Cascadia Composers May the Fourth

The Art Gym moves to PAM


THE ART GYM HAS LANDED. The crucial center for Northwest contemporary art has been hunting for a new home since its host, Marylhurst University, decided to shut down. Marylhurst and the Portland Art Museum announced on Friday that the museum and its Crumpacker Library will take over The Art Gym’s important exhibit catalogs, historical documents, trademarks, proprietary rights and website.

Installation view of “Fernanda D’Agostino: The Method of Loci” at The Art Gym in 2013. D’Agostino is a featured artist in the upcoming exhibition the map is not the territory, opening February 9, 2019, at the Portland Art Museum.

The agreement does not include, at least for now, arrangements for continuing programming or a curatorial position. But the vital records have a solid and accessible home. There is some hope that funds will be found to continue in some form The Art Gym’s style of Northwest programming at PAM, although not in a separate Art Gym gallery: It is likely, if it happens, to be folded into the museum’s own contemporary programming. Marylhurst released this statement: “Under state law, Marylhurst needs to seek court approval for the distribution of some endowments, like the Eichholz fund, and it is in the process of doing that. The university remains hopeful that all of the funds will eventually serve to preserve the legacy of The Art Gym at the Portland Art Museum.”

The Gym has been looking for a new home since May, when Marylhurst announced its impending closure, and had struck a tentative deal to move lock, stock, and barrel to the Oregon College of Art & Craft, complete with curatorial and programming provisions: The Art Gym’s curator, Ashley Stull Meyers, was to have transferred to OCAC. But that deal fell apart in October, and the hunt continued. OCAC, meanwhile, entered into merger negotiations with the Pacific Northwest College of Art. PNCA’s board voted this month against a merger.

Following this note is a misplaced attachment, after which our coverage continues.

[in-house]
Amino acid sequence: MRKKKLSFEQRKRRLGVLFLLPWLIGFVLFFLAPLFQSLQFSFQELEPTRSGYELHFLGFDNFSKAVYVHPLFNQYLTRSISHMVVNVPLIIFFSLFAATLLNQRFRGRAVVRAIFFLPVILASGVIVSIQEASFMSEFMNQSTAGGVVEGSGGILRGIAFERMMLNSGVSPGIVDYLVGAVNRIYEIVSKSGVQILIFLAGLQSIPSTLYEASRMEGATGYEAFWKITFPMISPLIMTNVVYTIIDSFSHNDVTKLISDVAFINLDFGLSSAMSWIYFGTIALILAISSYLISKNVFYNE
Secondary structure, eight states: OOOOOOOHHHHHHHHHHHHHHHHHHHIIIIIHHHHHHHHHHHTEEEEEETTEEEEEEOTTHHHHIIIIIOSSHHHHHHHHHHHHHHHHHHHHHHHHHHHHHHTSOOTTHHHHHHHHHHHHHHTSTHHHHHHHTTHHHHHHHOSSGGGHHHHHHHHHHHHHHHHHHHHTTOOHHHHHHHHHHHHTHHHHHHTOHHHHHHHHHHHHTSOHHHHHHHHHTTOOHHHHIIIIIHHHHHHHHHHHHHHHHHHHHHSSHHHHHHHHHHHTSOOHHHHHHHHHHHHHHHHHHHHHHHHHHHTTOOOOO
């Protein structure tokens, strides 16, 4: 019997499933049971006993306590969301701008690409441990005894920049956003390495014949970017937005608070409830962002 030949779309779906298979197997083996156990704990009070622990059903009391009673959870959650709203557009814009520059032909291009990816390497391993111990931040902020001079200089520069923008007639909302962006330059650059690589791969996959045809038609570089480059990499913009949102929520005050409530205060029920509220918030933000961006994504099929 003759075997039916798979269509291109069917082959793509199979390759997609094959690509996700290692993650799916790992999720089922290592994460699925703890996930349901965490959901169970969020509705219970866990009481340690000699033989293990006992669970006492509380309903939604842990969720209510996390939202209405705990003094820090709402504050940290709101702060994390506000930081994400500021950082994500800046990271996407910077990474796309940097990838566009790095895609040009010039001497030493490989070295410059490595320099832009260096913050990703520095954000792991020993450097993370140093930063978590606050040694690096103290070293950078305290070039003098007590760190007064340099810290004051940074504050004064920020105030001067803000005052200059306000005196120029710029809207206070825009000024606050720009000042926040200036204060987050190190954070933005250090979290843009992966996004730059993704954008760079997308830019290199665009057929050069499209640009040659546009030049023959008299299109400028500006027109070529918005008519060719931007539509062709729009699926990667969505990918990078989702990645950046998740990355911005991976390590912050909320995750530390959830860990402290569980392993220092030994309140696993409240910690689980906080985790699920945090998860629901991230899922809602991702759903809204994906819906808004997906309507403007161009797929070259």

Today’s press release, issue jointly by the museum and Marylhurst:

Portland, Oregon – December 28, 2018 – The Art Gym, long located in a former gymnasium on Marylhurst University’s campus, will be transferred to the Portland Art Museum, the institutions jointly announced today.

“The Art Gym has opened up an opportunity for so many artists in our region, representing hundreds of emerging artists’ catalogs and presenting innovative, thought-provoking ideas to the community for 38 years,” said Marylhurst University President Melody Rose. “While Marylhurst University will formally close at the end of 2018, we’re thrilled that The Art Gym’s legacy will live on at the Portland Art Museum.”


CMNW Council

The Art Gym, a non-collecting, nonprofit gallery, has built a reputation for showing up-and-coming artists from the Pacific Northwest in a historical building on Marylhurst’s campus. Its mission is to support a diverse group of artists working in experimental, thoughtful and critically engaged ways through exhibitions, performances and publications.